you can borrow, i mean have, my shoe.

because tucker already strides mine other.

and he lives inna cave 'o stone that
jesus walked on by enroute to his tomb,
dumb f*#k!

we should be praying to tucker not to jesus.
no more wars.

philadelphia, pa
Topic Author's Reply - Sep 10, 2012 - 05:22pm PT
Lost me on the 3:1 angle thing, Reilly.... Increasing area of the glue joint? And to be honest, there's a goodly chance I'll be removing the pipes for access, since chances are I'll clip them with a sawzall anyway, so way as well at least reduce the notch to a small one at top rather than the whole height of the joist. Plus then I can cut the joist at the middle of the house (where it happens to be supported and then sneak the new one into the alcove and shim as necessary. Liking that plan even though it means cutting into the pipes.

Btw, this is just the warmup act for the main event in the dining room....

Been working up the nerve to tackle this one for months, as it requires excavating that half of the basement (some joists are sitting on dirt, at leat 4 need outright replacement). Fortunately farming has fallen out of fashion around here (Philadelphia, PA), which means I can likely pick up an old hay/grain conveyor for a couple hundred bucks and put one end in the basement to avoid needing a bucket brigade.

Long story short: beautiful historic houses need upkeep, and the people we bough this from did nothing in the 60 years they owned it.
Roger Breedlove

Cleveland Heights, Ohio
Sep 10, 2012 - 05:42pm PT
Cut the rotten joist out and replace it. If it is set into stone, make two pieces and bolt them together with a steel plate that ends before you get to your pipe. I know that this sounds like lots of work, but all the complexity of trying to make a smaller repair, shore-up and work around what's there, and make room for the plumbing is more work and has much more uncertainty, in my opinion.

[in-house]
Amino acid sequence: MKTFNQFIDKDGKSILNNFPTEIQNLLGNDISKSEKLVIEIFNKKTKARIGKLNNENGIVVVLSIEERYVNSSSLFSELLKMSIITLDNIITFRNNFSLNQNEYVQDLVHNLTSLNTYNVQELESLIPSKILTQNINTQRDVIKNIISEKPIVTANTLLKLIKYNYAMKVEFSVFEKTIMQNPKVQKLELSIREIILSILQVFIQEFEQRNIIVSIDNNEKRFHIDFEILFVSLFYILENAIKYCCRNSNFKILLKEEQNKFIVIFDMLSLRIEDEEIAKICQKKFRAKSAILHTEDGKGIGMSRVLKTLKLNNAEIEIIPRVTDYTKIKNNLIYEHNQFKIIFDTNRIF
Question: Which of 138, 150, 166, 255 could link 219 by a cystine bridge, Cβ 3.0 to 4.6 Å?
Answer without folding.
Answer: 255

Just to tell the story, when I worked in Squaw Valley, a new lift was installed to the upper slopes (probably in 1971 or so). One of the towers on the top of a rock ridge was about 2 feet too short. I think it was about 50' high and set at a slight angle. I drove a crew of Swiss guys up there with a welder and generator. They secured the top of the tower with come-alongs anchored to trees and rocks set back about 150 feet or so. They scabbed steel buttresses about 6 feet high onto the tower's base plate with matching flanges welded to the tower above a cut line about 2 feet off the concrete. The welder cut the 24" diameter tower, and the engineering crew, using wenches attached to the top of the buttresses, jacked it up 2 feet. The welder fitted in a new section, and welded it together. Presto, the tower was two feet taller and the lift opened on time.

The hardest part in replacing your joist will probably be figuring out how to get direct force on the new joist to get it into place. It doesn't look like you can get directly under it. Using levers would work.

Sportbikeville & Yucca brevifolia
Sep 10, 2012 - 05:45pm PT
Werner's idea will cost less and work best.

Near Boston
Sep 10, 2012 - 07:03pm PT
I feel your pain. I have replaced a joist just like yours but I could access it from both sides.